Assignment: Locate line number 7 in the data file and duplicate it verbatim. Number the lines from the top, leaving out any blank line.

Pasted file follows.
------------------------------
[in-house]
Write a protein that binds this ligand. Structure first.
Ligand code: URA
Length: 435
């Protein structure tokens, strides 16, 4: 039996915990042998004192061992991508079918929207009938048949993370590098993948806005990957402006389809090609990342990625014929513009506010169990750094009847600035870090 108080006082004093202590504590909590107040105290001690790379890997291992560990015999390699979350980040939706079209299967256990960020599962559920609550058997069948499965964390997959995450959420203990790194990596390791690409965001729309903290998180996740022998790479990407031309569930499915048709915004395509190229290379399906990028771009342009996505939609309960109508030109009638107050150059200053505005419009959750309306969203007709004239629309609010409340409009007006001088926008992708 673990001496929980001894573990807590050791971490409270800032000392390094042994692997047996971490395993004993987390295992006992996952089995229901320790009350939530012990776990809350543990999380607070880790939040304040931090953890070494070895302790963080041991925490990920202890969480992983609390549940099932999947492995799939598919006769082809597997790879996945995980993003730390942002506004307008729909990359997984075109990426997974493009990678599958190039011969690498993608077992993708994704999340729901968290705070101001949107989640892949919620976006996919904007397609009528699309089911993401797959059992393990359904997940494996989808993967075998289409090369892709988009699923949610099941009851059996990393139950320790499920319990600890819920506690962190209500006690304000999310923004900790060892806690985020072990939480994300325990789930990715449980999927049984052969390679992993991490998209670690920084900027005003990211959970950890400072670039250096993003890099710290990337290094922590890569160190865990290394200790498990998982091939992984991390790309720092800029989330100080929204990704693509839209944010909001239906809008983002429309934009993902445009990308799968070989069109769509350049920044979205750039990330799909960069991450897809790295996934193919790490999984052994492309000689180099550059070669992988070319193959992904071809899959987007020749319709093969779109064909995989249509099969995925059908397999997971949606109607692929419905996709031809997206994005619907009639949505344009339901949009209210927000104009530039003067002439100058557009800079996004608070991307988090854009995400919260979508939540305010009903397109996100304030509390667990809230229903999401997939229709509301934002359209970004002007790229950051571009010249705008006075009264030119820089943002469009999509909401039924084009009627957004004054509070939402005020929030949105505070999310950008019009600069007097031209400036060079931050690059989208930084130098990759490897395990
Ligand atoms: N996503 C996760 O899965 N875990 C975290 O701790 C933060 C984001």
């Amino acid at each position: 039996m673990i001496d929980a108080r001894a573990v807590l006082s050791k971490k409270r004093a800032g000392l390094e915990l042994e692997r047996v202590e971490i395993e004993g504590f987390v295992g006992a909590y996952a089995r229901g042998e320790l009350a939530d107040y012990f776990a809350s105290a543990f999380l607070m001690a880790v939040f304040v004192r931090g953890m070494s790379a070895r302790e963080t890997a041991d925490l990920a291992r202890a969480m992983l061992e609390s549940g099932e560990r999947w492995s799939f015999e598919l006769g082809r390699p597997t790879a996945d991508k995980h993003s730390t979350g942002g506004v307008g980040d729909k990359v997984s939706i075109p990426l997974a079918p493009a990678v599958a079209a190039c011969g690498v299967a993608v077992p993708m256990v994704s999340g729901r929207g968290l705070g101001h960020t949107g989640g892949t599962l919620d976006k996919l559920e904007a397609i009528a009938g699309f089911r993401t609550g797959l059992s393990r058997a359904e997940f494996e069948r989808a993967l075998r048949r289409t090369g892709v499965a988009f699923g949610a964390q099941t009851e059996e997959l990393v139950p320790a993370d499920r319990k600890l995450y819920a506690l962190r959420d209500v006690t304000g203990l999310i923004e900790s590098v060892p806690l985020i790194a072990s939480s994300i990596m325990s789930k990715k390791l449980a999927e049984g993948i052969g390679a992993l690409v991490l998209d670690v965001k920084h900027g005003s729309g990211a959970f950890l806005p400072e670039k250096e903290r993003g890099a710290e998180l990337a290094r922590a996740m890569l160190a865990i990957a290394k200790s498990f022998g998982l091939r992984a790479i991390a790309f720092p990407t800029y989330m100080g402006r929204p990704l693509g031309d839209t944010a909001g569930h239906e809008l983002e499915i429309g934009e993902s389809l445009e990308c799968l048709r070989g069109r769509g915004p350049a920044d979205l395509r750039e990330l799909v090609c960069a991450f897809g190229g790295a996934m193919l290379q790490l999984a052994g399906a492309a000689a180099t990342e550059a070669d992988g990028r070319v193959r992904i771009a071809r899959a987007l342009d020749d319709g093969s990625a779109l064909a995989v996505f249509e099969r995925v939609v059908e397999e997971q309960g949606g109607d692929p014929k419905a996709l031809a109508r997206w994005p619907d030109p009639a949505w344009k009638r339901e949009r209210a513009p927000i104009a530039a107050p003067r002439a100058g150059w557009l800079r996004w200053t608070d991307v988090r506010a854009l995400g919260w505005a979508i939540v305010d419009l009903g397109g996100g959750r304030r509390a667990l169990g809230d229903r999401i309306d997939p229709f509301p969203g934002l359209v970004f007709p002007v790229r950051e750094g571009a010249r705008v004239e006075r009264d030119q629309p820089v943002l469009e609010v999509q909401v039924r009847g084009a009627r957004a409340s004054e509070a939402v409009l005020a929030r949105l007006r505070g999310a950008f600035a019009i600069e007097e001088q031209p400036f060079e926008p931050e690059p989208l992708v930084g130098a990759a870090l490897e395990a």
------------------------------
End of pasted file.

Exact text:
């Amino acid at each position: 039996m673990i001496d929980a108080r001894a573990v807590l006082s050791k971490k409270r004093a800032g000392l390094e915990l042994e692997r047996v202590e971490i395993e004993g504590f987390v295992g006992a909590y996952a089995r229901g042998e320790l009350a939530d107040y012990f776990a809350s105290a543990f999380l607070m001690a880790v939040f304040v004192r931090g953890m070494s790379a070895r302790e963080t890997a041991d925490l990920a291992r202890a969480m992983l061992e609390s549940g099932e560990r999947w492995s799939f015999e598919l006769g082809r390699p597997t790879a996945d991508k995980h993003s730390t979350g942002g506004v307008g980040d729909k990359v997984s939706i075109p990426l997974a079918p493009a990678v599958a079209a190039c011969g690498v299967a993608v077992p993708m256990v994704s999340g729901r929207g968290l705070g101001h960020t949107g989640g892949t599962l919620d976006k996919l559920e904007a397609i009528a009938g699309f089911r993401t609550g797959l059992s393990r058997a359904e997940f494996e069948r989808a993967l075998r048949r289409t090369g892709v499965a988009f699923g949610a964390q099941t009851e059996e997959l990393v139950p320790a993370d499920r319990k600890l995450y819920a506690l962190r959420d209500v006690t304000g203990l999310i923004e900790s590098v060892p806690l985020i790194a072990s939480s994300i990596m325990s789930k990715k390791l449980a999927e049984g993948i052969g390679a992993l690409v991490l998209d670690v965001k920084h900027g005003s729309g990211a959970f950890l806005p400072e670039k250096e903290r993003g890099a710290e998180l990337a290094r922590a996740m890569l160190a865990i990957a290394k200790s498990f022998g998982l091939r992984a790479i991390a790309f720092p990407t800029y989330m100080g402006r929204p990704l693509g031309d839209t944010a909001g569930h239906e809008l983002e499915i429309g934009e993902s389809l445009e990308c799968l048709r070989g069109r769509g915004p350049a920044d979205l395509r750039e990330l799909v090609c960069a991450f897809g190229g790295a996934m193919l290379q790490l999984a052994g399906a492309a000689a180099t990342e550059a070669d992988g990028r070319v193959r992904i771009a071809r899959a987007l342009d020749d319709g093969s990625a779109l064909a995989v996505f249509e099969r995925v939609v059908e397999e997971q309960g949606g109607d692929p014929k419905a996709l031809a109508r997206w994005p619907d030109p009639a949505w344009k009638r339901e949009r209210a513009p927000i104009a530039a107050p003067r002439a100058g150059w557009l800079r996004w200053t608070d991307v988090r506010a854009l995400g919260w505005a979508i939540v305010d419009l009903g397109g996100g959750r304030r509390a667990l169990g809230d229903r999401i309306d997939p229709f509301p969203g934002l359209v970004f007709p002007v790229r950051e750094g571009a010249r705008v004239e006075r009264d030119q629309p820089v943002l469009e609010v999509q909401v039924r009847g084009a009627r957004a409340s004054e509070a939402v409009l005020a929030r949105l007006r505070g999310a950008f600035a019009i600069e007097e001088q031209p400036f060079e926008p931050e690059p989208l992708v930084g130098a990759a870090l490897e395990a």